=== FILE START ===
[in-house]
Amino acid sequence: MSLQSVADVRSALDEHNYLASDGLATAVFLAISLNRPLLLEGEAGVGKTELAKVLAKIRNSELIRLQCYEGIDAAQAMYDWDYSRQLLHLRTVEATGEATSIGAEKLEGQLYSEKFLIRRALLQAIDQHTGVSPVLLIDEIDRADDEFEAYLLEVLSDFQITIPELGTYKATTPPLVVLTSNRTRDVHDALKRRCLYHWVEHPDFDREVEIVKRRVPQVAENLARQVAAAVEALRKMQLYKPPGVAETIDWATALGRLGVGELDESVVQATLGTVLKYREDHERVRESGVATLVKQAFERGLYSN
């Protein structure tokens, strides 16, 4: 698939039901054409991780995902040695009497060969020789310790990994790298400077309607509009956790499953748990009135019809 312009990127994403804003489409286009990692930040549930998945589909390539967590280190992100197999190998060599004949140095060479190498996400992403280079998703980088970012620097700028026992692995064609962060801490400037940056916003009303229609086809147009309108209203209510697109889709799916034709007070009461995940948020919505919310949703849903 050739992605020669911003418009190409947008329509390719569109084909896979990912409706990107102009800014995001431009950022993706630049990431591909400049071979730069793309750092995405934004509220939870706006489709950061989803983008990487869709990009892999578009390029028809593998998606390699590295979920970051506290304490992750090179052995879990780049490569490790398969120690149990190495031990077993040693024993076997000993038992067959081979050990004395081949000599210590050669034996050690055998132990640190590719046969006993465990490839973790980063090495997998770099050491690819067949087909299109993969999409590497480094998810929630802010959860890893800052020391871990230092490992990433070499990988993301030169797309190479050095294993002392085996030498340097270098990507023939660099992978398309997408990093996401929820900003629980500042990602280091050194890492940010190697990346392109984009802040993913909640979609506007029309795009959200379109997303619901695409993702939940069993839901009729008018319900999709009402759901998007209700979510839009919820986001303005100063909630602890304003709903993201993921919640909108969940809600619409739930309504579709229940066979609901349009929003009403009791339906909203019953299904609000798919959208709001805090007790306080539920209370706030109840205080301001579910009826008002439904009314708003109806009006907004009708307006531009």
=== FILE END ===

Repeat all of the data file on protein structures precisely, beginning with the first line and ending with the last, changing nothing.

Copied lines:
[in-house]
Amino acid sequence: MSLQSVADVRSALDEHNYLASDGLATAVFLAISLNRPLLLEGEAGVGKTELAKVLAKIRNSELIRLQCYEGIDAAQAMYDWDYSRQLLHLRTVEATGEATSIGAEKLEGQLYSEKFLIRRALLQAIDQHTGVSPVLLIDEIDRADDEFEAYLLEVLSDFQITIPELGTYKATTPPLVVLTSNRTRDVHDALKRRCLYHWVEHPDFDREVEIVKRRVPQVAENLARQVAAAVEALRKMQLYKPPGVAETIDWATALGRLGVGELDESVVQATLGTVLKYREDHERVRESGVATLVKQAFERGLYSN
């Protein structure tokens, strides 16, 4: 698939039901054409991780995902040695009497060969020789310790990994790298400077309607509009956790499953748990009135019809 312009990127994403804003489409286009990692930040549930998945589909390539967590280190992100197999190998060599004949140095060479190498996400992403280079998703980088970012620097700028026992692995064609962060801490400037940056916003009303229609086809147009309108209203209510697109889709799916034709007070009461995940948020919505919310949703849903 050739992605020669911003418009190409947008329509390719569109084909896979990912409706990107102009800014995001431009950022993706630049990431591909400049071979730069793309750092995405934004509220939870706006489709950061989803983008990487869709990009892999578009390029028809593998998606390699590295979920970051506290304490992750090179052995879990780049490569490790398969120690149990190495031990077993040693024993076997000993038992067959081979050990004395081949000599210590050669034996050690055998132990640190590719046969006993465990490839973790980063090495997998770099050491690819067949087909299109993969999409590497480094998810929630802010959860890893800052020391871990230092490992990433070499990988993301030169797309190479050095294993002392085996030498340097270098990507023939660099992978398309997408990093996401929820900003629980500042990602280091050194890492940010190697990346392109984009802040993913909640979609506007029309795009959200379109997303619901695409993702939940069993839901009729008018319900999709009402759901998007209700979510839009919820986001303005100063909630602890304003709903993201993921919640909108969940809600619409739930309504579709229940066979609901349009929003009403009791339906909203019953299904609000798919959208709001805090007790306080539920209370706030109840205080301001579910009826008002439904009314708003109806009006907004009708307006531009």